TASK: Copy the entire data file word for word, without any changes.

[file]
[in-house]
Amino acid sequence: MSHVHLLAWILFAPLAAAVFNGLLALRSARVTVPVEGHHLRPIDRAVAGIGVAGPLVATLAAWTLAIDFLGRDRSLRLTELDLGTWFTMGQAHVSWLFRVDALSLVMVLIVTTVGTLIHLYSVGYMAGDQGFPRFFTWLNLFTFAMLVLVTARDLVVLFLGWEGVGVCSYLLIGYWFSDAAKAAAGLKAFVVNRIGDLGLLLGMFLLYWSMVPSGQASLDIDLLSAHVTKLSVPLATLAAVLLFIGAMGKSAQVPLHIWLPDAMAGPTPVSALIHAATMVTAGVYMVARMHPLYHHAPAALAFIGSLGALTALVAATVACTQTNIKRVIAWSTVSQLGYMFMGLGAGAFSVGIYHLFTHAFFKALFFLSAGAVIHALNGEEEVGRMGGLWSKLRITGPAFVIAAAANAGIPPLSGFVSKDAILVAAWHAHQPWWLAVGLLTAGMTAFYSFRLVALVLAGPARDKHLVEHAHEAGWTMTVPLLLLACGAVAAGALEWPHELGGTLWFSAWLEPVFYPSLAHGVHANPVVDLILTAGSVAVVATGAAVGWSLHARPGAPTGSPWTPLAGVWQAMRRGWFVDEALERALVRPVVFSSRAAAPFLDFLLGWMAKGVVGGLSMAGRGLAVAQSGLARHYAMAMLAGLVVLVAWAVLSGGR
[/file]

[in-house]
Amino acid sequence: MSHVHLLAWILFAPLAAAVFNGLLALRSARVTVPVEGHHLRPIDRAVAGIGVAGPLVATLAAWTLAIDFLGRDRSLRLTELDLGTWFTMGQAHVSWLFRVDALSLVMVLIVTTVGTLIHLYSVGYMAGDQGFPRFFTWLNLFTFAMLVLVTARDLVVLFLGWEGVGVCSYLLIGYWFSDAAKAAAGLKAFVVNRIGDLGLLLGMFLLYWSMVPSGQASLDIDLLSAHVTKLSVPLATLAAVLLFIGAMGKSAQVPLHIWLPDAMAGPTPVSALIHAATMVTAGVYMVARMHPLYHHAPAALAFIGSLGALTALVAATVACTQTNIKRVIAWSTVSQLGYMFMGLGAGAFSVGIYHLFTHAFFKALFFLSAGAVIHALNGEEEVGRMGGLWSKLRITGPAFVIAAAANAGIPPLSGFVSKDAILVAAWHAHQPWWLAVGLLTAGMTAFYSFRLVALVLAGPARDKHLVEHAHEAGWTMTVPLLLLACGAVAAGALEWPHELGGTLWFSAWLEPVFYPSLAHGVHANPVVDLILTAGSVAVVATGAAVGWSLHARPGAPTGSPWTPLAGVWQAMRRGWFVDEALERALVRPVVFSSRAAAPFLDFLLGWMAKGVVGGLSMAGRGLAVAQSGLARHYAMAMLAGLVVLVAWAVLSGGR